The Quilt Itself…

… and I saw it with my own eyes —  it’s the “Mary Simon Quilt” at the DAR Museum.  The following was the best picture I could come up with without the glass case reflecting my camera flash.  I am sorry you have to turn your head ever so slightly to fully let the beauty of this quilt soak in…

You can read more about the quilt and the making of the block patterns by the Baltimore Applique Society here.  The pattern is still available, and may be purchased from the DAR Museum here.  Of course I bought my own set of patterns.  Even though I am chomping at the bit to start on it, only the spirit is willing at this point.  I keep telling myself, there is a time for everything…. there is a time for everything…

So, I am curious to know what all are in your quilty bucket list.  I said “are” because I assumed you would have more than one item in that particular bucket list… ;)

Thanks for stopping by.  Come back tomorrow – I will be sharing with you a Christmas project.  Christmas??!!!!

Quilts from Storage at DAR Museum, Part 4

One of the quilts I was able to view at the DAR Museum’s Quilts from Storage program was the Thomas Sykes Quilt.  If you like sampler and album quilts, this quilt is for you!

[Image Source:]

Reading through the Quilt Index description, I am a bit curious as to why the blocks all finished at 12.5″ x 13.5″, and not squared at 12.5″ x 12.5″ or 13.5″ x 13.5″.  That wasn’t brought up during the program, and at the time the  blocks all looked squared up to me!  I wasn’t quite concerned about whether the blocks were squared up when I saw the quilt in person because I was mainly captivated by the beautiful printed fabrics incorporated in the blocks!

These are my two favorite blocks.  That miniature Lone Star is just astounding – remember, all those pieces have to fit in a 12.5″ x 13.5″ block!

Somerset Patchwork and Quilting of Australia has a pattern reproducing the Thomas Sykes quilt, sans the mini Lone Star block.

[Image Source: Screen Shot from Somerset Patchwork and Quilting website]

I would love to hear from you if you have reproduced the Sykes quilt.

I hope you have enjoy the Thomas Sykes quilt!  Happy Monday, dear Friends!

Click here, here, and here for my past DAR quilt posts.

Quilts from Storage at DAR Museum, Part 3

I was struck by the beauty of this log cabin quilt when I was at DAR for their Quilts from Storage program.  I shall let the next few photos do the talking.  The colors, as well as the workmanship, are simply exceptional!  You may read the specifics on this quilt here.

[Image source:]

I was thrilled and impressed by the fact that the vibrant colors of the fabric actually preserved through the years, considering the fact the quilt dates back to the late 19th century.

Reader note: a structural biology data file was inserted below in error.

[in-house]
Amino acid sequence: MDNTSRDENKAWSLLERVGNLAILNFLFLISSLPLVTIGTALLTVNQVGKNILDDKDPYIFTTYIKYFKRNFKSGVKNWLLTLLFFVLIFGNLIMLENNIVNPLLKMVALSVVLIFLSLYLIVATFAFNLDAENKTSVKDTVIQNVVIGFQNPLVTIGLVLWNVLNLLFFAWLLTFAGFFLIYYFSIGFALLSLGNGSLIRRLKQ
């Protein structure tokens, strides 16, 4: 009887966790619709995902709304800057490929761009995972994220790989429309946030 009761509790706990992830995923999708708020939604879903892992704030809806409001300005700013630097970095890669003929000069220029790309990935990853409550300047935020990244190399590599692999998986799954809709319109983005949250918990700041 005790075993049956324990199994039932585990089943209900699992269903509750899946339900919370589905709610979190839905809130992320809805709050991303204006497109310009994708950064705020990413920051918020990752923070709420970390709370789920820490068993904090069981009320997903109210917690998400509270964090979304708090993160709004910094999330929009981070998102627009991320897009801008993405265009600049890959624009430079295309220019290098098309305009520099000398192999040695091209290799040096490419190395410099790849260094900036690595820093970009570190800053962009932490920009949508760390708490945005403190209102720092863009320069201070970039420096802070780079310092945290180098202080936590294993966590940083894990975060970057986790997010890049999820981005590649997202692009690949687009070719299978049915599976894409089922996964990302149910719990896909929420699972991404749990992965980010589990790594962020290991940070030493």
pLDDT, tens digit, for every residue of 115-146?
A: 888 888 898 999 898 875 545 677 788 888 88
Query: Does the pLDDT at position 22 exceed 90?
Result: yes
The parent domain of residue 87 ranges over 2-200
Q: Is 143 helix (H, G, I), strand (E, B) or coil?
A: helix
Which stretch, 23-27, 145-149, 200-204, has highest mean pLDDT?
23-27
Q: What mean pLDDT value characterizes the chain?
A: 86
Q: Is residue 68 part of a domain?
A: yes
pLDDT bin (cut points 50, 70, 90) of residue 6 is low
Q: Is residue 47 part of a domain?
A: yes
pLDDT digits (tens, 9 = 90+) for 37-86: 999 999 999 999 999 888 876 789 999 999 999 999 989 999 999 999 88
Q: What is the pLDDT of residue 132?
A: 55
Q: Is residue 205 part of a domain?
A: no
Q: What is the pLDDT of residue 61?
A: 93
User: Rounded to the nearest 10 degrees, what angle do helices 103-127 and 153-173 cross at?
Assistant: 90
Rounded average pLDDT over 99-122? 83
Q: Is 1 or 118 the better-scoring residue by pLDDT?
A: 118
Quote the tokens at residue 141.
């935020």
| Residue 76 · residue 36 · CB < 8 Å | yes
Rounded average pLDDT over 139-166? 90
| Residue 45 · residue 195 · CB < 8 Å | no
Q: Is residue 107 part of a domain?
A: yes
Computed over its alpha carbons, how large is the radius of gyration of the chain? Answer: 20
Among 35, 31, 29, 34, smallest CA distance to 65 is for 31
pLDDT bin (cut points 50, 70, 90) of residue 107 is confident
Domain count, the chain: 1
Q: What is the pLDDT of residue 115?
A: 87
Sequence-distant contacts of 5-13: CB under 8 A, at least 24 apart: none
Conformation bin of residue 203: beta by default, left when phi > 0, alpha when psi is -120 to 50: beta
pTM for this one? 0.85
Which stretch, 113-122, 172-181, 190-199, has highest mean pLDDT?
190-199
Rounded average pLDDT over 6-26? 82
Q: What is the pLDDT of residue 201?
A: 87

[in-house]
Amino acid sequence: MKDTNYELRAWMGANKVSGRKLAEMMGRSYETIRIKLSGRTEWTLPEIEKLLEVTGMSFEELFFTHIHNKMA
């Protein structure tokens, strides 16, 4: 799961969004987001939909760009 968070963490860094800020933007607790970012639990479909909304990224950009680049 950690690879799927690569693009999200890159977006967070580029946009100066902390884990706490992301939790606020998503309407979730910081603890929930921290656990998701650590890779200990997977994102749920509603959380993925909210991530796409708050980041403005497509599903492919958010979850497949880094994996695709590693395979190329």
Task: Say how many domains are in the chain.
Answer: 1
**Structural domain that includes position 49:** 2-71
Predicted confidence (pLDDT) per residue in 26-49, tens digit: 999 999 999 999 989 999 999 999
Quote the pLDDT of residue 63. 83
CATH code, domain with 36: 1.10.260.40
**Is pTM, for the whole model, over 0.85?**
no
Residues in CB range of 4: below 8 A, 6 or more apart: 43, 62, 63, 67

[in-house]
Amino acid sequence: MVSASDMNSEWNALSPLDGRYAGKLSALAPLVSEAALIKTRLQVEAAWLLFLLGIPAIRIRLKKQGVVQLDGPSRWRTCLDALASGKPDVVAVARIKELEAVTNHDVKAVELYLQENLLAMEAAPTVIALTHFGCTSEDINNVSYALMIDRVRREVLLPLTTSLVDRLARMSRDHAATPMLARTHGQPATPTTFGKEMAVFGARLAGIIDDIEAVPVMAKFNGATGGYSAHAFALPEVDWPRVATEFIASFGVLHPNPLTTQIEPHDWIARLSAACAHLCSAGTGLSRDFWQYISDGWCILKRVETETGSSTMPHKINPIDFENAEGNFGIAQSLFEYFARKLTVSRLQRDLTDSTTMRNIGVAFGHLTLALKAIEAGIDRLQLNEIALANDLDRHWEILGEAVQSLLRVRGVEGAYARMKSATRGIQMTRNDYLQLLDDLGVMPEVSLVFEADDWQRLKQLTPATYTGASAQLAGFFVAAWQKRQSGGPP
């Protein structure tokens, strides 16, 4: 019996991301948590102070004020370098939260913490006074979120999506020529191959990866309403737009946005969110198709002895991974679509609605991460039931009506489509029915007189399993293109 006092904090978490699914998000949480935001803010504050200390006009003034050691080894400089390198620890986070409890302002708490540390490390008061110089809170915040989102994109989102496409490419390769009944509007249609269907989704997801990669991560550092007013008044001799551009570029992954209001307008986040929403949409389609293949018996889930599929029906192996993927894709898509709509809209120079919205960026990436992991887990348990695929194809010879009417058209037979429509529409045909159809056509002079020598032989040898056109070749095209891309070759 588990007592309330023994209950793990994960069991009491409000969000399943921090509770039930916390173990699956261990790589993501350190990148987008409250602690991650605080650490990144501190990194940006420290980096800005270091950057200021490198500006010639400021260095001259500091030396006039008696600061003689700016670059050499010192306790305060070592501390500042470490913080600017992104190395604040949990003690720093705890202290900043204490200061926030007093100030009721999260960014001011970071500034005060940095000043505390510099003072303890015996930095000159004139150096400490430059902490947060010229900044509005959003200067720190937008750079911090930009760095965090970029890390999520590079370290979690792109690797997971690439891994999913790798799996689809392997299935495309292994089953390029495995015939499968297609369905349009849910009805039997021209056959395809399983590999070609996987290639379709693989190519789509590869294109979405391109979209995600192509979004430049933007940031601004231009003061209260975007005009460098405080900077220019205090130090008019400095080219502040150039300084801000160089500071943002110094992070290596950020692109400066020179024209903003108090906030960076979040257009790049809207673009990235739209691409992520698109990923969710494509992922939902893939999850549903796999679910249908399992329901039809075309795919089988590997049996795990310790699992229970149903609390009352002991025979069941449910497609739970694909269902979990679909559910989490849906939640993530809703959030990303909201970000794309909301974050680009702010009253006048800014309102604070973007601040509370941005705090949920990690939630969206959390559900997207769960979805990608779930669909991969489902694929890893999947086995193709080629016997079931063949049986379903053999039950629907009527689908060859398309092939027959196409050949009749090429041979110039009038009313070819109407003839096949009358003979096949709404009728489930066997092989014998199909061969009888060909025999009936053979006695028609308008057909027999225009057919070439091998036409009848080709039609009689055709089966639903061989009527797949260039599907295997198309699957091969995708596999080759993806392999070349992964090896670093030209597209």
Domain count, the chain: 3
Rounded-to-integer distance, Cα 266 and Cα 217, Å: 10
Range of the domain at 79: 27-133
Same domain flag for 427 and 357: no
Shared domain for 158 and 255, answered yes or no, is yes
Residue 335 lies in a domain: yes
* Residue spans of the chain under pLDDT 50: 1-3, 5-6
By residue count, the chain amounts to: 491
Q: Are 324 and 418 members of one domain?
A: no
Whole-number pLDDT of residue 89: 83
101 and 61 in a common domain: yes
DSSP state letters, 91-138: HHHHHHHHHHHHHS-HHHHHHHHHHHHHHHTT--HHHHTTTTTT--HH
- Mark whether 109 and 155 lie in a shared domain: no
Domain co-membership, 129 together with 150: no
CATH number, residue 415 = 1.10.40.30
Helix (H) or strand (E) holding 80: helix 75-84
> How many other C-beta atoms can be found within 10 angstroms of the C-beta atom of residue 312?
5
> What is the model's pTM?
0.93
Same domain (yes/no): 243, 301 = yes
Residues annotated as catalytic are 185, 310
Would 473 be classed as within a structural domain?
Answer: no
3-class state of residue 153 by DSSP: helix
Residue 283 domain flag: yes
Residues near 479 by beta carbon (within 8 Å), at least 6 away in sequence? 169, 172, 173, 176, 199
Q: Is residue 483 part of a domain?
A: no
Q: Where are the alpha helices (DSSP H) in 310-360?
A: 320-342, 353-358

I don’t believe the quiltmaker was identified.  The textile curator at DAR shared that something like this quilt was likely used as a parlor decorative piece due to the fact that the quilt was made with silk and velvet.  That made sense to me considering the tassels added to the corners of the quilt.

I really admire the quiltmaker for her brilliant sense of colors, creativity in using braided cording and tassels to finish the quilt!

Now, I would like to know if you have used exotic fabrics other than cotton to construct a quilt.  I am generally a 100% person.  I have used a cotton/silk blend a little in the past.  But after seeing this DAR Log Cabin quilt, I am wondering just what exotic fabrics quilters might sometimes use for their quilts.  One more thing, have you ever added braided cords to finish your quilts?

Thanks for stopping by!  I need to run – Miss Baby is being too quiet in another room.  I need to go investigate. :)

p.s.  Click here, and here for my previous DAR quilt posts.

Quilt from Storage at DAR Museum, Part 2

I shared a little with you a couple of weeks ago I had attended the Quilts from Storage special program at the DAR Museum.  I think my favorite quilt from all the quilts being shown is the Sunburst Quilt by Elizabeth Ann Darst Bierce (1818-1901).

[Image Source:]

I shall just let the close-up pictures I took of this quilt do the talking:

I am absolutely inspired by this quilt.  Aren’t you?  You can read more about the quilt in the book Historic Quilts of the DAR Museum.  You may email the DAR Museum shop at to purchase the book by mail.

Incidentally, Elizabeth Ann’s Mom’s quilt also received a feature in the book!  It’s wonderful that both Mom and daughter were honored for their “generational” and tangible legacy  through their quilts.

Thanks for stopping by!  Have a lovely day.

Addendum (6/15/2012) –  Note from Ms. Alden O’Brien, Curator of Textiles at DAR: “Elizabeth Ann Darst made the quilt for her wedding. Now many quilts are assumed to have been made as part of a trousseau or “for her wedding,” but this one did very specifically come down in the family with that tradition. Her wedding was in 1841 so she would have been working on it 1840-41.